Lex Bartleby’s parents send her to live with her Uncle Mort for the summer in the hope that hard farm labour will help her with her anger issues. It turns out that Uncle Mort isn’t actually a farmer, but a Grim Reaper, and he is going to train Lex to be a Reaper herself. Gina Damico’s Croak has a funny premise and a cast of colourful characters. It starts off very weak, in my opinion, but the story gets better as it goes on, and I loved the ending.
My main issue with Croak is that Lex’s anger issues were just overdone. The book begins with her in the principal’s office for having bitten (literally!) a classmate because he’d called her a vampire. She’s sixteen. She’s also been a straight-A model student until a couple of years ago, when, for no apparent reason, she starts beating up practically everyone she meets. Her parents take her home and say they need to talk. “Are restraints really necessary this time?” Lex asks. I thought it was just another snark until I read that the mother really did bring out jump ropes to tie Lex to a chair, just so she won’t punch her parents when she learns she’ll be spending the summer with Uncle Mort. Lex’s twin sister Cordy wonders if the ropes amount to child abuse, and by this point, I’m already picturing Lex as a rabid, foaming-at-the-mouth lunatic. I’m also wondering, if her parents are that scared of her, why they didn’t just ship her to a psychiatric facility at any point in those two years. For that matter, why didn’t the school do anything? Just because Cordy is still acting normal doesn’t mean that Lex’s parents are immediately cleared of all suspicion.
Over the next few chapters, Lex throws a shoe at a bus driver, stabs her uncle with a stick and threatens to beat a stranger with his sunglasses. The romance in the book kicks off with Lex giving the boy a black eye and him giving her one back. I’m not generally queasy about violence in books, and to be honest, Lex’s antics are too exaggerated, cartoon-style, to even make her scary. Still, Lex is beyond bratty. When Uncle Mort cuts off one of her rants and orders her to grow up, I wanted to hug him.
Her discipline problems are explained somewhat — apparently, all born Reapers have serious rage issues until they enter Croak, the town where Uncle Mort lives and one of the Grim Reaper centres in the US. Still, I don’t see the connection. In the Percy Jackson series, Rick Riordan explains that demigods are dyslexic because their brains are hard-wired to read Greek, and that they have ADHD because their bodies are designed to react quickly in battle. I love that, because I can understand how such characteristics can signal that one is a demigod. In Croak, however, I have no idea how wanting to beat everyone up is directly linked to being a Reaper, especially since the Reaper’s job is actually one of mercy — freeing the soul trapped a body that’s already dead.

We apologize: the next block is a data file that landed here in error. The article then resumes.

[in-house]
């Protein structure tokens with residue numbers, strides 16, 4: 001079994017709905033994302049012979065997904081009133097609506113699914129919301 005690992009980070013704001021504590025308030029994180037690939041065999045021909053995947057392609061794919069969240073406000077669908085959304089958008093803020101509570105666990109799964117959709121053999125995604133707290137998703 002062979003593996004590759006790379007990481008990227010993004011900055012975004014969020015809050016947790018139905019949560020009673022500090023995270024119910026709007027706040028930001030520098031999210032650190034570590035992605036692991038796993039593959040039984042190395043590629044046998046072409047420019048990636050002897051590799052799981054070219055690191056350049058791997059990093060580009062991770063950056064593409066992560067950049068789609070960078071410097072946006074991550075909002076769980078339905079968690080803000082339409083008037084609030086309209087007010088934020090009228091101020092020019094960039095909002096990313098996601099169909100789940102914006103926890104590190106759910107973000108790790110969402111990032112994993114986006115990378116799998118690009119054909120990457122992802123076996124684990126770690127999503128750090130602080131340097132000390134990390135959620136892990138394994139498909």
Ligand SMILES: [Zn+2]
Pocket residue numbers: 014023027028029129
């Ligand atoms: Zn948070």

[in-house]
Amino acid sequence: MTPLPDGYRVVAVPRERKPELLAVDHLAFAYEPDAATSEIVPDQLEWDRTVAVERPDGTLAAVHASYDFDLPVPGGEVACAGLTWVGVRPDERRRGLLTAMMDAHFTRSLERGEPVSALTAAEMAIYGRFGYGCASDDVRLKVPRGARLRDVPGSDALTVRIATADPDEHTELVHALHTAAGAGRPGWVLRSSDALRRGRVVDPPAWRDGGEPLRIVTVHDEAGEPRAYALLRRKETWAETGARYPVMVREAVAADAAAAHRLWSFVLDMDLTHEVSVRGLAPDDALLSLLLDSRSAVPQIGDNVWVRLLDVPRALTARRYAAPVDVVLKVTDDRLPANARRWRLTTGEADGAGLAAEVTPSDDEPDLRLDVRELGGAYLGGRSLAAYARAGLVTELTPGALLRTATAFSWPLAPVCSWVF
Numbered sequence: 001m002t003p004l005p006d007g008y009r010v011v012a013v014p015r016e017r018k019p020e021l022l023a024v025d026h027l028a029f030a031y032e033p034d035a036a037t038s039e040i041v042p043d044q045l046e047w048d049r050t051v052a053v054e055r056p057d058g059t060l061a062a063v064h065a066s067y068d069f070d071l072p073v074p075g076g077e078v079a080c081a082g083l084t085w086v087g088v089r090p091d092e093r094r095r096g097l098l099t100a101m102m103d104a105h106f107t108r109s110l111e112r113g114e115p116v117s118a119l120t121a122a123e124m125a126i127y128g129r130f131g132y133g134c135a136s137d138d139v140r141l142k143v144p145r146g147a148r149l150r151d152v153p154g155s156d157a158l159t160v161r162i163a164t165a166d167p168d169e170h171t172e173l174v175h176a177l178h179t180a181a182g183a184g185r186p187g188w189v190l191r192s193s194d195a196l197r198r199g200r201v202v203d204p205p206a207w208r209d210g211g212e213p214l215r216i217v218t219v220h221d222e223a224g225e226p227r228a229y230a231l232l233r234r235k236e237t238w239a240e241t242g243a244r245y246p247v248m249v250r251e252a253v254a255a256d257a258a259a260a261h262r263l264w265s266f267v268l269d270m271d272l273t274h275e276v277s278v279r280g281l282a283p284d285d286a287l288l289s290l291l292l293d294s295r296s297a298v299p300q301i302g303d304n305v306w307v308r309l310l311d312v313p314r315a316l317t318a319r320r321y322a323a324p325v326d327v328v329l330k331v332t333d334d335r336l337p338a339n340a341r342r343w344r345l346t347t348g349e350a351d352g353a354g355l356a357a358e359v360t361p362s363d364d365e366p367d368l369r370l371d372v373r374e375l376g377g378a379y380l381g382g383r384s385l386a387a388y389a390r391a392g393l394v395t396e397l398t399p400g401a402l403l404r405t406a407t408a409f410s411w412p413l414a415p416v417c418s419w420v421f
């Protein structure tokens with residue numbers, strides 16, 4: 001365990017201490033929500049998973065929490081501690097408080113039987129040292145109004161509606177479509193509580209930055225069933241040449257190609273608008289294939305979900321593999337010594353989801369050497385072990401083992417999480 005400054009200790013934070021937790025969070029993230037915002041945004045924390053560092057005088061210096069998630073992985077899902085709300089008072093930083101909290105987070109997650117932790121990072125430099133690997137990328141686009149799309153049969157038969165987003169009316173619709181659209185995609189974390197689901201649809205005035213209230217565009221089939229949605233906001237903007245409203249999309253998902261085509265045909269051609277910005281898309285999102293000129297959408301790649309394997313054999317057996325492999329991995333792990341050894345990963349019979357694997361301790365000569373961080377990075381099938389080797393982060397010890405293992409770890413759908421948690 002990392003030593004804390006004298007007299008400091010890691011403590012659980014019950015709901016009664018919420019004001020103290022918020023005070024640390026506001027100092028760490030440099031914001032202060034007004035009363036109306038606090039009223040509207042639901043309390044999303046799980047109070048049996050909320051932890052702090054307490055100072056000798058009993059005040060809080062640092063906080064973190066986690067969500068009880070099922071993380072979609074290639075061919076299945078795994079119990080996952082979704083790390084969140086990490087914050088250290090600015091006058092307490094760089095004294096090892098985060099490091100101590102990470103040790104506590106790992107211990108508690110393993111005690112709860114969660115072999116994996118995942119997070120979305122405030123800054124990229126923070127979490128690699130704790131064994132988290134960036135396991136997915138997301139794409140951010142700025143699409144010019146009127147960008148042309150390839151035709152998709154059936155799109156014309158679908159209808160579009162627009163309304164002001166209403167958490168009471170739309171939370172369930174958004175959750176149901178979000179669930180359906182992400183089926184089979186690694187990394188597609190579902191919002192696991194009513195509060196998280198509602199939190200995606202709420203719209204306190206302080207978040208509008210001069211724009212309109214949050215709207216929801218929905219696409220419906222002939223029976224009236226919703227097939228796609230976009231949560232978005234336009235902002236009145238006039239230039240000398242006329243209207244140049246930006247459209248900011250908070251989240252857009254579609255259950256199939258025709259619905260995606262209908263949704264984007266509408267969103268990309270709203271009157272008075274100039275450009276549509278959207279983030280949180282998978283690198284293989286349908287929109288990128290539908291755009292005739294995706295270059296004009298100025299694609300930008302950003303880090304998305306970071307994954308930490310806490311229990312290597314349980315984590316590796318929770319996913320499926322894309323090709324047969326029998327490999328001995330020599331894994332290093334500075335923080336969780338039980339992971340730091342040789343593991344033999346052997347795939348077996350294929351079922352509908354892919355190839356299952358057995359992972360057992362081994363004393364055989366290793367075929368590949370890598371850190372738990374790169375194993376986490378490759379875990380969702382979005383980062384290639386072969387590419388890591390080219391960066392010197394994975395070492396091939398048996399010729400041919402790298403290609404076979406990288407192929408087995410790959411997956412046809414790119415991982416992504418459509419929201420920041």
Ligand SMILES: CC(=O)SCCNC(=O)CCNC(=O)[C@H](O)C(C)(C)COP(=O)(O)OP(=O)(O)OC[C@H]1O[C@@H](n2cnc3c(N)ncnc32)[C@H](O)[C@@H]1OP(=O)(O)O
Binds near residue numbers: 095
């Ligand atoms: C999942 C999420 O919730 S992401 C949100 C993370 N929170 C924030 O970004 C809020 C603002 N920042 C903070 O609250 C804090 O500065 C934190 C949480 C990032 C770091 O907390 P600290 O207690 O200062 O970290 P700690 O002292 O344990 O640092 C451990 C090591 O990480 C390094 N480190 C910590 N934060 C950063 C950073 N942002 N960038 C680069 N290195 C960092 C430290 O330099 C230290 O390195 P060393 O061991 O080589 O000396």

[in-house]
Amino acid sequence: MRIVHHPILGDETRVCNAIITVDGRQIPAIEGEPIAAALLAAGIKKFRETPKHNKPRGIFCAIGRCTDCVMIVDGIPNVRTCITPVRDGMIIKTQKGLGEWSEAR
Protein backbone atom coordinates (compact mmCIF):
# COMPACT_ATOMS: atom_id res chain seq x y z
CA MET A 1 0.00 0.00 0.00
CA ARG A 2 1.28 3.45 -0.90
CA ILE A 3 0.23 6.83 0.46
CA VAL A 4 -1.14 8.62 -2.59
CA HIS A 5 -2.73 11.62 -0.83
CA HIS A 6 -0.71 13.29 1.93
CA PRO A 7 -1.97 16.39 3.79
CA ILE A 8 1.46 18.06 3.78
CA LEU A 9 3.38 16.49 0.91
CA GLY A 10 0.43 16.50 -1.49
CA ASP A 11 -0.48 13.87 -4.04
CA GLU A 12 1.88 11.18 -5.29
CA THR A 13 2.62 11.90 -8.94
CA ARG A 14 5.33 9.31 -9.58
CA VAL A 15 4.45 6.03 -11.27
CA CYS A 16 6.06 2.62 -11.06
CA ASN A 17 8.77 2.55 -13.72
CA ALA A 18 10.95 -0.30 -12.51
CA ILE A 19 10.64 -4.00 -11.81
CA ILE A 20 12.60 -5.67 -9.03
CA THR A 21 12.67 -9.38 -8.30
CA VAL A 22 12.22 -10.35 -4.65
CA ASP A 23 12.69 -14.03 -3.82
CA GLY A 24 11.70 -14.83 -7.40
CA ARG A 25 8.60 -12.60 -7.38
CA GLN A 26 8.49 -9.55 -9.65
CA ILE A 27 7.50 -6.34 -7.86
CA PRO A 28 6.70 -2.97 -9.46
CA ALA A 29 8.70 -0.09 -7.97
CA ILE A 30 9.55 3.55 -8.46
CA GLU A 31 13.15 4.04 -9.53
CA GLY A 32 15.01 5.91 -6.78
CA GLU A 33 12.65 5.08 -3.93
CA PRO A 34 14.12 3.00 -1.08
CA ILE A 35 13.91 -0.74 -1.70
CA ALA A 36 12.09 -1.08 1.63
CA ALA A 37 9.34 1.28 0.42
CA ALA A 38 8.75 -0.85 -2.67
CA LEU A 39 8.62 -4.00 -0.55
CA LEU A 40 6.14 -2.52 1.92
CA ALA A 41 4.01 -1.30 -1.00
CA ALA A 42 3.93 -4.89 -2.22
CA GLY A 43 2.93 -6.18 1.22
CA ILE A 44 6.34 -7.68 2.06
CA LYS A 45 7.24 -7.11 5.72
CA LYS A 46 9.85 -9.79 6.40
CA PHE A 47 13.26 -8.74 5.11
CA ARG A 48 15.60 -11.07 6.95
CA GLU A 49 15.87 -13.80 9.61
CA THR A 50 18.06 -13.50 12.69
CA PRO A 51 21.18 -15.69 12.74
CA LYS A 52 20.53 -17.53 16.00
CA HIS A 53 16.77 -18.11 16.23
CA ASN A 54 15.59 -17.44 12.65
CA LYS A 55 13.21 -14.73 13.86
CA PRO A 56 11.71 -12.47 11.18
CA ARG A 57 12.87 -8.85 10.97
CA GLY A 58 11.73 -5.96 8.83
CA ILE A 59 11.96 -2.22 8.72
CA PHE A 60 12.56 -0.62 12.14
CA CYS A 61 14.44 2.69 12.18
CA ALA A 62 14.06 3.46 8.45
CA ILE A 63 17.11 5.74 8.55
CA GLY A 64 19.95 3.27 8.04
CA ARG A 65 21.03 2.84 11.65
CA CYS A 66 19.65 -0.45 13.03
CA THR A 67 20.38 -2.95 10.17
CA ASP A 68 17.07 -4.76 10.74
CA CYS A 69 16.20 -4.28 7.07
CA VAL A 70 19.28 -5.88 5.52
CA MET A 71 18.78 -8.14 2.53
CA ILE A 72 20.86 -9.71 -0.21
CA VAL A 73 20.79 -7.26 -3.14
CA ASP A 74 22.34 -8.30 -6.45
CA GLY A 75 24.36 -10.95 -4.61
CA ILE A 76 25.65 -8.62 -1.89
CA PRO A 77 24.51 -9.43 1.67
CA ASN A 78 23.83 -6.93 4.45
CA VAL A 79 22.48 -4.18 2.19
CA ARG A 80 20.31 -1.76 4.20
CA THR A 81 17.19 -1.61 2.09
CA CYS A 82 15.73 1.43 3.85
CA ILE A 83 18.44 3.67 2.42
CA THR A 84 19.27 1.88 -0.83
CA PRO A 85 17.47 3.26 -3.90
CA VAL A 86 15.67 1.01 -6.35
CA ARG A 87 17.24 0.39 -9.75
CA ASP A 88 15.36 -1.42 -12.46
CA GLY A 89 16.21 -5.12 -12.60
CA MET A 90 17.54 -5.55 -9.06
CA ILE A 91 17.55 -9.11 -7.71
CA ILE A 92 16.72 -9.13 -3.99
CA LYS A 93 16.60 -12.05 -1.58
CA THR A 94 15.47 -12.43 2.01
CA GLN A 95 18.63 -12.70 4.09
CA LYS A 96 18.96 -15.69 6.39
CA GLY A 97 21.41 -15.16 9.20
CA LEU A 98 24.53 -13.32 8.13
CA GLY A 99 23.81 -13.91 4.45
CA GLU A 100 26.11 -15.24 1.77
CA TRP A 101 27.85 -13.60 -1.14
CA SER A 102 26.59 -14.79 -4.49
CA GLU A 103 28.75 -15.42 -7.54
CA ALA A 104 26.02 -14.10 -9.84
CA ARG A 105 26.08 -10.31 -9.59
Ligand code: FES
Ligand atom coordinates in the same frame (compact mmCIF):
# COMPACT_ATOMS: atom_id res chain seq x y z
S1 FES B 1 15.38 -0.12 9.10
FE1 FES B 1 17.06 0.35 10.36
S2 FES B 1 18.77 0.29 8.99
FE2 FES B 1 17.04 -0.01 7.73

Fortunately, it gets better. Once Lex begins training and realizes how much she enjoys being a Reaper, her anger issues fade a bit, and the book gets much more interesting. Lex and the other junior Reapers have noticed some mysterious deaths, possibly at the hands of someone from Croak, and investigate. It’s an interesting mystery, and it takes us right into the world of Grim Reaping. I really like the other junior Reapers, especially Elysia, whose bubbly personality adds some welcome cheer to the group. The whole world of Grim Reaping is very well fleshed out, and I loved learning details such as their use of jellyfish and their version of alcohol. The story just kept getting more interesting, as the mystery deepened, leading up to a powerful climax. Good on you, Ms. Damico. Brave, emotional twist, especially in what I presume is just the first book in a series, and I admire you for raising the stakes this early.
I also love that Croak raises an interesting moral dilemma. The most important rule for Reapers is that they can only take the souls of their targets. This seems fairly straightforward, but what if they enter the scene of a murder? What if they have to take the soul of an innocent child and see the man who killed her just a few feet away? In my review on Loss, I complained that the author played it safe and kept her protagonist from really exploring his dark side. In contrast, I love that Damico shows how torn up Lex is about letting murderers go. Surely it’s only justice to take the murderer’s soul as well, or at the very least, turn him in to the police. Yet such justice is beyond a Reaper’s jurisdiction, and there are dire consequences for any Reaper who disobeys this law. Lex is torn, and I love that Damico isn’t afraid to explore this subject. It’s a slippery issue, with no straightforward answer, and I enjoyed reading about it.
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